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Leaked ‘confidential’ intel reports on RT DE only prove that German media are working with special services

Leaked ‘confidential’ intel reports on RT DE only prove that German media are working with special services
Every election year, those pesky Russians strike. The German secret services claim there’s been worrying activity from Russia, and mainstream media outlets relay these worries word for word to their readers and viewers.

The Russian hacker must have been hibernating for the past four years, but now he wakes up just before the federal elections to attack German computers. At least that’s what the ARD political magazine Kontraste would have us believe.

Once again, Kontraste got this information from a current “situation report on hybrid threats” classified as confidential, which happened to find its way into the editorial office from the Federal Ministry of the Interior (BMI).

But is Interior Minister Seehofer in a panicked search for a leak?

Just in time for the election, the ministry reports, with complete confidence of course, “increased attack activities” by a “cyber actor” originating from Russia against political parties and foundations in Germany – as if sensitive, compromising data can only be captured before an election, not in the years between. It is also only natural that the ministry assesses the attacks as a “serious threat.”

No need for proof is assumed – after all, everybody knows the Russians have done it before, haven’t they? Back in 2016, with the Democratic National Committee leaks that cost Hillary Clinton her election victory and gave us four entertaining years with Trump.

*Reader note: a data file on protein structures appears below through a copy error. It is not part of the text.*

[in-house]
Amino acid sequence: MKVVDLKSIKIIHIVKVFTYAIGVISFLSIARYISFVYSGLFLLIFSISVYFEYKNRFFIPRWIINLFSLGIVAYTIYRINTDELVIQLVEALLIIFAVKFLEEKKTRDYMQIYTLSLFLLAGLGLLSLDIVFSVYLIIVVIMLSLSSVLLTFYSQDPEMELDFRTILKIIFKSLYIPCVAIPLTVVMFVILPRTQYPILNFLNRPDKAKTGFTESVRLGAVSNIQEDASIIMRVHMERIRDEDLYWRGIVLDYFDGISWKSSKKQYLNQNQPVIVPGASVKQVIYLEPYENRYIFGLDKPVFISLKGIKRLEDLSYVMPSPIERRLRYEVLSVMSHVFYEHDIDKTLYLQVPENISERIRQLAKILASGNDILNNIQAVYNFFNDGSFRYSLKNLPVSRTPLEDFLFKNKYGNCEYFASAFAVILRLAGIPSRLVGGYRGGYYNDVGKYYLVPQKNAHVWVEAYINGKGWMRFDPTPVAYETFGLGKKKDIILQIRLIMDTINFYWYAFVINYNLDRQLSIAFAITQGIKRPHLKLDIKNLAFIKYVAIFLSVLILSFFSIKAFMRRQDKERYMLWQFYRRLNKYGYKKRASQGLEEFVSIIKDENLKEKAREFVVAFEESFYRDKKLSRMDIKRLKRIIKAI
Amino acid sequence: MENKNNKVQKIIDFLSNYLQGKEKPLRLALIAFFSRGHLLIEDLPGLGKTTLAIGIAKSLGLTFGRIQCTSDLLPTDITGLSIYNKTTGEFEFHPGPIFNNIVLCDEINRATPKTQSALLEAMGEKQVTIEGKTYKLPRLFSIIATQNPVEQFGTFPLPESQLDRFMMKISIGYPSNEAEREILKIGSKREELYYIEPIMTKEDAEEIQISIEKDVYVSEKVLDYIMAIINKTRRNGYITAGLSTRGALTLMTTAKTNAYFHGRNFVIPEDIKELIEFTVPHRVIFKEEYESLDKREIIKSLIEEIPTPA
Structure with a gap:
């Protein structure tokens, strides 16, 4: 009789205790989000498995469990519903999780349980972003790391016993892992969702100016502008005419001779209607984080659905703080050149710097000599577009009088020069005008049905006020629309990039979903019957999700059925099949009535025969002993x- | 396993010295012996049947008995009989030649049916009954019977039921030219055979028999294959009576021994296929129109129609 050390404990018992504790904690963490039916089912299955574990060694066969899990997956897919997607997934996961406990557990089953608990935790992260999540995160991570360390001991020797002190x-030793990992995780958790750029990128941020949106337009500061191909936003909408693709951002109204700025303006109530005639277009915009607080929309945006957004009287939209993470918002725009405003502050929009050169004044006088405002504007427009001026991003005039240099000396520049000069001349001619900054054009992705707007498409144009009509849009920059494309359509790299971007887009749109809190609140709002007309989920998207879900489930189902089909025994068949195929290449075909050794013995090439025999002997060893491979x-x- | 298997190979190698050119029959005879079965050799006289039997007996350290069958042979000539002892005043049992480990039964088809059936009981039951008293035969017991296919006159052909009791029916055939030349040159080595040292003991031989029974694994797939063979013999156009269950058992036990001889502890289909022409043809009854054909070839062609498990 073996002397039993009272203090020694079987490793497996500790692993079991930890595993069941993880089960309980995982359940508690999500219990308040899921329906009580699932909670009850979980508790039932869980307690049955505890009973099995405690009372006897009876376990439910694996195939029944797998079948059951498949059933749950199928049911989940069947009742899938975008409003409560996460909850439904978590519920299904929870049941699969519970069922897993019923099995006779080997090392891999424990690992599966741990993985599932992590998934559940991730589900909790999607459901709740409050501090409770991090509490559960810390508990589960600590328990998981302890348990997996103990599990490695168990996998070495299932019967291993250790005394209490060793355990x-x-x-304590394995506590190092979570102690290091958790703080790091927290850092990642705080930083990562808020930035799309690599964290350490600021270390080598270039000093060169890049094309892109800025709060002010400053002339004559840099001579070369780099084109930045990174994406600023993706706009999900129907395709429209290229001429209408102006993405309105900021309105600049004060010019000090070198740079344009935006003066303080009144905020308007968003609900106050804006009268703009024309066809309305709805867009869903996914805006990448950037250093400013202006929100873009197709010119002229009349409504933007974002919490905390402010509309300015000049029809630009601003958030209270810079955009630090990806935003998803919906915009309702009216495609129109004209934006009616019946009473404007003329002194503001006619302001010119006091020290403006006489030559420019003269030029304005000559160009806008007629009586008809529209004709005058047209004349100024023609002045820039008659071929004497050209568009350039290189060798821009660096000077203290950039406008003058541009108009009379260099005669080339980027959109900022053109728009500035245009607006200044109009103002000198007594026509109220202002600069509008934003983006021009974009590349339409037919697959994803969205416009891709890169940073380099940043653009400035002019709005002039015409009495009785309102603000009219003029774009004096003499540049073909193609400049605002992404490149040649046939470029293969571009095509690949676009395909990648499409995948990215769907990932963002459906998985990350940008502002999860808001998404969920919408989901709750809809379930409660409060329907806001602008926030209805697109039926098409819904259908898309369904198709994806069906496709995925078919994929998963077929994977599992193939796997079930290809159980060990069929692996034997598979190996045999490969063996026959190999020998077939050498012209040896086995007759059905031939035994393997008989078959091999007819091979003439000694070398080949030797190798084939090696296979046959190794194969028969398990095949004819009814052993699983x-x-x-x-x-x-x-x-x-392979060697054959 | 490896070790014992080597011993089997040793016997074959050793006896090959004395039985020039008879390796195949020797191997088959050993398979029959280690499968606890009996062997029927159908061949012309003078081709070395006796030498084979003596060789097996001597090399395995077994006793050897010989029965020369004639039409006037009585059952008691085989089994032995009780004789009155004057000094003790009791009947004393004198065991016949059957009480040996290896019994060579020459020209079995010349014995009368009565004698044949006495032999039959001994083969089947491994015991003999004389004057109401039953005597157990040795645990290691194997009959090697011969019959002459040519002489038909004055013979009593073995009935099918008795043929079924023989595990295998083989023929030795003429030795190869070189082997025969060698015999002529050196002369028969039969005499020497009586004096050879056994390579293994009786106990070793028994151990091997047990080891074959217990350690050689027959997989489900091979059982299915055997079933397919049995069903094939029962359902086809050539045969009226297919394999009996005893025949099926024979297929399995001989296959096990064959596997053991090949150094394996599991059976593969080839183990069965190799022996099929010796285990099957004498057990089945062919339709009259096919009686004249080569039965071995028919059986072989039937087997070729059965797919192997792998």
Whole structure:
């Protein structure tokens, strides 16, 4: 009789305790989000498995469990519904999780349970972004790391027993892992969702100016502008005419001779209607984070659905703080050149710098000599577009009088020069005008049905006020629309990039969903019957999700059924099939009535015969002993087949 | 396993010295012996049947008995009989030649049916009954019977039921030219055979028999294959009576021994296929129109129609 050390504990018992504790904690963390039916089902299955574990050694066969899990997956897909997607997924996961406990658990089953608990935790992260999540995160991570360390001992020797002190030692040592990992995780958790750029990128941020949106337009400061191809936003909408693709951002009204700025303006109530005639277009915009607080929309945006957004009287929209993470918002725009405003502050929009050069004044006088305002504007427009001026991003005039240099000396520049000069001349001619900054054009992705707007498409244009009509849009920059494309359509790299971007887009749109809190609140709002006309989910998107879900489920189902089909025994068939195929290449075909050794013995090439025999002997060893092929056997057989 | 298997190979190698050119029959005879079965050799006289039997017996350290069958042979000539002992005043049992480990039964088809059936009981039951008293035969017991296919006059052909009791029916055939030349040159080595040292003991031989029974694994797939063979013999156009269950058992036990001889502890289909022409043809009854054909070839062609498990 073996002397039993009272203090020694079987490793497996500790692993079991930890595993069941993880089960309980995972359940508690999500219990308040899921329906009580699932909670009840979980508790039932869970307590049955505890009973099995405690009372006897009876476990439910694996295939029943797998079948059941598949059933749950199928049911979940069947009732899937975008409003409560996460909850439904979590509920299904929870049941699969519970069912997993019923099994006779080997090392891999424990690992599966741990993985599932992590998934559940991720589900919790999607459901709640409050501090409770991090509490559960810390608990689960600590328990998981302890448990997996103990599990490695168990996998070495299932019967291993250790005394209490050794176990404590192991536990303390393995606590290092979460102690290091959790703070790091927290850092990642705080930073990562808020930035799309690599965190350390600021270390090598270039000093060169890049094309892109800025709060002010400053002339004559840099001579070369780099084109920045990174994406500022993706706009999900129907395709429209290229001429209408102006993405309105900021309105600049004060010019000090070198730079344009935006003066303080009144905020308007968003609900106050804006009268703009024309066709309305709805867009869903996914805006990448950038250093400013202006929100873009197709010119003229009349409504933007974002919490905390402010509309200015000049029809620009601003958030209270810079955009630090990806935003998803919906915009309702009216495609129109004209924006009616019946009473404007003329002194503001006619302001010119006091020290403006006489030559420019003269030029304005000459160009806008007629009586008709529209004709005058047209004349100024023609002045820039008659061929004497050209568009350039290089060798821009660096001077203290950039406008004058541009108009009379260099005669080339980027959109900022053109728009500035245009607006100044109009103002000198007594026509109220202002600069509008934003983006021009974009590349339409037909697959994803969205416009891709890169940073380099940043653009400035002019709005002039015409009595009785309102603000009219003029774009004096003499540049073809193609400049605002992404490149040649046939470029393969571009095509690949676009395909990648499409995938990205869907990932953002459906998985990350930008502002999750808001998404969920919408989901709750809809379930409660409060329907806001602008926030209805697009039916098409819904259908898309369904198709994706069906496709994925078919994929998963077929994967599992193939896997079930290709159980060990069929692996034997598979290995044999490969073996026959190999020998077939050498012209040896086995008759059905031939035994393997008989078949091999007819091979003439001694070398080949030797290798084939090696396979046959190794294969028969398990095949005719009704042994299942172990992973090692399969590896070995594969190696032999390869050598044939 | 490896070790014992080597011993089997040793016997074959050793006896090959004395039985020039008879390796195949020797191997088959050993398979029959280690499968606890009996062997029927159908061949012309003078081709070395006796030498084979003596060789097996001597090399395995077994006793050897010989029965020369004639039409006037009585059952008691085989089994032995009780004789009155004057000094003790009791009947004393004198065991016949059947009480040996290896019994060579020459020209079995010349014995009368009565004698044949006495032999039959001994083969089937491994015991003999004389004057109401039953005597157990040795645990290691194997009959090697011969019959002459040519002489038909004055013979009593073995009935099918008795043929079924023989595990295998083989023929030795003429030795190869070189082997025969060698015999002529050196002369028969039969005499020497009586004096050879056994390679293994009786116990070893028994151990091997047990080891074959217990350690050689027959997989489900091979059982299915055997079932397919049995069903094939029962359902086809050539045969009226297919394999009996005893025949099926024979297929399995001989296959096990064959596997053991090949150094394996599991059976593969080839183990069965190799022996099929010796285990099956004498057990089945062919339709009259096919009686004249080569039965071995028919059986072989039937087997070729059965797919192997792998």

This hack is presented as a fact set in stone.

What the authors of such articles always tend to forget is the sentence in Annex B of the Intelligence Community Assessment about the “estimative language” it uses: “Judgments are not intended to imply that we have proof that shows something to be a fact. Assessments are based on collected information, which is often incomplete or fragmentary, as well as logic, argumentation, and precedents.”

A typical case of ‘highly likely’, which, given enough time and distance, becomes fact for German journalists as well. They also conveniently leave aside the fact that the DNC leak made public the corrupt dealings of Clinton and her supporters.

The ministry draws on a network of typically ‘professional’ sources when it comes to its highly confidential analysis:

“The BMI report refers to an assessment by the corporate security department of US company Facebook, which in exchanges with the German government expressed fears that stolen data could be leaked to journalists in the future.”

A government ministry thus relies on the assessment of a company that is well known as a data leech and can only be persuaded to respect the privacy of its customers under threat of the most severe repercussions. In 2019, for example, Facebook paid a record $5 billion in fines to US authorities to end further investigations into its privacy scandals.